#InvestNow: The Increasing Efficiency of Public Transportation
There are numerous reasons Congress should invest in public transportation. One of the most important is that public transportation projects and transit systems themselves are becoming more cost-efficient.
Investment in public transportation pays dividends by improving communities and the lives of millions of people—by connecting people to jobs, education, healthcare, and friends and family. We see benefits as well for our environment because public transportation helps reduce air pollution. We can bring these benefits to more communities with increasing speed and cost-efficiency because of improvements in vehicle technology, financing, and how government works.
Innovation and Technology
Innovations in information technology, vehicle design, and energy efficiency are all improving the performance of public transportation systems. The positive results include reductions in fuel costs and air pollution.
Examples can be found around the country—in large cities and smaller communities. Dallas’s DART system, for instance, is converting to a bus fleet that runs entirely on compressed natural gas (CNG). DART estimates that it will save $120 million in fuel costs over the next decade. Thanks in part to federal Clean Cities Grants—provided by the Department of Energy—smaller transit systems in Michigan, Wisconsin, Indiana, and several other states have added fuel- and cost-saving buses to their fleets as well.
While the federal government is the largest single funder of American public transportation projects, states and localities also pay a significant portion of costs. Many struggle to raise funds or end up incurring higher financing charges, which drive up a project’s overall costs. Financing challenges can sometimes stop public transportation projects from moving forward altogether.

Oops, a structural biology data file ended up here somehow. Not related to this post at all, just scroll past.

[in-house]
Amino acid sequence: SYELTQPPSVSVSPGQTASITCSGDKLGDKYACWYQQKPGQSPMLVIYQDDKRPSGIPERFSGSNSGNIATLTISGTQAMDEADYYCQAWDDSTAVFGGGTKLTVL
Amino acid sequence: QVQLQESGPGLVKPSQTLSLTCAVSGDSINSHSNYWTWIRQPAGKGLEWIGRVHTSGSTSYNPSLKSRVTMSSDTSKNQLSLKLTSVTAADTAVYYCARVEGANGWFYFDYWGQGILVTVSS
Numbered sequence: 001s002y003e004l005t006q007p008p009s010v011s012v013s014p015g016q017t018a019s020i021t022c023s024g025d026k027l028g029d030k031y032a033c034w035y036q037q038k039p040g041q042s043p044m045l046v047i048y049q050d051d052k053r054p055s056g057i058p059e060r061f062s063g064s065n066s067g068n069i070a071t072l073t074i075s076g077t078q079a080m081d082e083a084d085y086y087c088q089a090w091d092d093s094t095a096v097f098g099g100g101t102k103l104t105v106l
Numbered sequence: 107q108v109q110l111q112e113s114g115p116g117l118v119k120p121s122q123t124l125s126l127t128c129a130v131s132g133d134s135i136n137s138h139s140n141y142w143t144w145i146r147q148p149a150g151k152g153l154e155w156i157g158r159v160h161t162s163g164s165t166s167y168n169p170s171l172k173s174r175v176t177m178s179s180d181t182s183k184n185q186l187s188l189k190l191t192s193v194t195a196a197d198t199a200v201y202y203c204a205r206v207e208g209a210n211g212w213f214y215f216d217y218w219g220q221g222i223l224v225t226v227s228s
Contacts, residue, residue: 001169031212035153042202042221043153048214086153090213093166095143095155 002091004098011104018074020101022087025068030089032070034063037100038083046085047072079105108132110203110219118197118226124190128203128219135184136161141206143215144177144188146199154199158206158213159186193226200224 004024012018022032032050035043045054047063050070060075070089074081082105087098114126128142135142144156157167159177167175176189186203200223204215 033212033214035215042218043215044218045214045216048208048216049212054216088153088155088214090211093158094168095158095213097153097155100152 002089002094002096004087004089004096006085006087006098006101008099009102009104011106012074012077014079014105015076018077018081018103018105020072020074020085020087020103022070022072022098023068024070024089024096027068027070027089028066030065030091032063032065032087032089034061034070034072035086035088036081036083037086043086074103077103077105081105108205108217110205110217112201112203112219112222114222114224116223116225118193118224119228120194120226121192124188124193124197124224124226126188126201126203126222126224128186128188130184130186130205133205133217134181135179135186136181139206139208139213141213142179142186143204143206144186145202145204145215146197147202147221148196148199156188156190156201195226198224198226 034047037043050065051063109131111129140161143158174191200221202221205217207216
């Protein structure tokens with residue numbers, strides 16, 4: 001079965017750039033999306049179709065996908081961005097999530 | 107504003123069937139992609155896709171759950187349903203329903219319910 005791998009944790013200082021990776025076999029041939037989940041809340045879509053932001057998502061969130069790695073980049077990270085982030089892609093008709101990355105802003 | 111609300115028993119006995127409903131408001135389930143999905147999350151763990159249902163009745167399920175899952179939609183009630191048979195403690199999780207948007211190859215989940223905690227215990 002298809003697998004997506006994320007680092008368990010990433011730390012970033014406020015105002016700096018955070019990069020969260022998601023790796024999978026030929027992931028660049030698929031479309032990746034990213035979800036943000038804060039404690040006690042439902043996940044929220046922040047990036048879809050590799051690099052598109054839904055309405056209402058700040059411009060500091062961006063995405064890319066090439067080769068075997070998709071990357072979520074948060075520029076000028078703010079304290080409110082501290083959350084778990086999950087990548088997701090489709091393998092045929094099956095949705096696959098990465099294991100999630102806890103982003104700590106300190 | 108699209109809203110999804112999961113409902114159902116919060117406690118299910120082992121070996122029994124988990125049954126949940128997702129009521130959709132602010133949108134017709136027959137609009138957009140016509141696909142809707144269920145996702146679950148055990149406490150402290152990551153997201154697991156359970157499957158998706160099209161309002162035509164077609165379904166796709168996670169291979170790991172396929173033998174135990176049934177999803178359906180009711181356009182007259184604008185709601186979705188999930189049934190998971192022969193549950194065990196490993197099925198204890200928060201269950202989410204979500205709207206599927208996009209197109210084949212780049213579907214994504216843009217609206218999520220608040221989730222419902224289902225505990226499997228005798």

To address this challenge, in 2012, Congress expanded a loan program originally authorized under the Transportation Infrastructure Finance and Innovation Act (TIFIA). This program has helped speed transit projects, provided access to low loan rates, and saved local taxpayer dollars. However, while this loan program has been successful, its benefits have only reached 18 states. Long-term comprehensive transportation legislation would likely expand this loan program, enabling its benefits to reach more American communities.
In future blog posts, we’ll look more closely at another trend that is helping bring public transportation to more communities more quickly—public/private partnerships, or PPP financing.
As the saying goes, time is money. Public transportation projects can save money if reviews, approvals, and construction can proceed on an expedited schedule. While large-scale public transportation projects can take years or even decades to complete, government agencies are now piloting programs to speed up public transportation projects. These programs are testing concurrent reviews, expedited approvals, and collaborative decision-making. In one early success, the Los Angeles Metro system reduced the cost, community impact, and completion time of a light rail extension.
Transit systems and agencies are also improving project assessments and taking steps to ensure that investments are made in the best project proposals. The U.S. Department of Transportation’s TIGER program does just that—though funding still falls far short of demand.
Right now, the pieces are falling into place to revolutionize American public transportation. To be sure, there is always room for improvement, but we now have effective transportation technologies and project know-how to bring enhanced and expanded public transportation to more communities across the country. The main thing holding us back is political inaction in Washington.
In 2015, we will demand that Congress put aside partisan divisions and pass a long-term, comprehensive transportation bill that provides certainty for public transportation developments across the nation.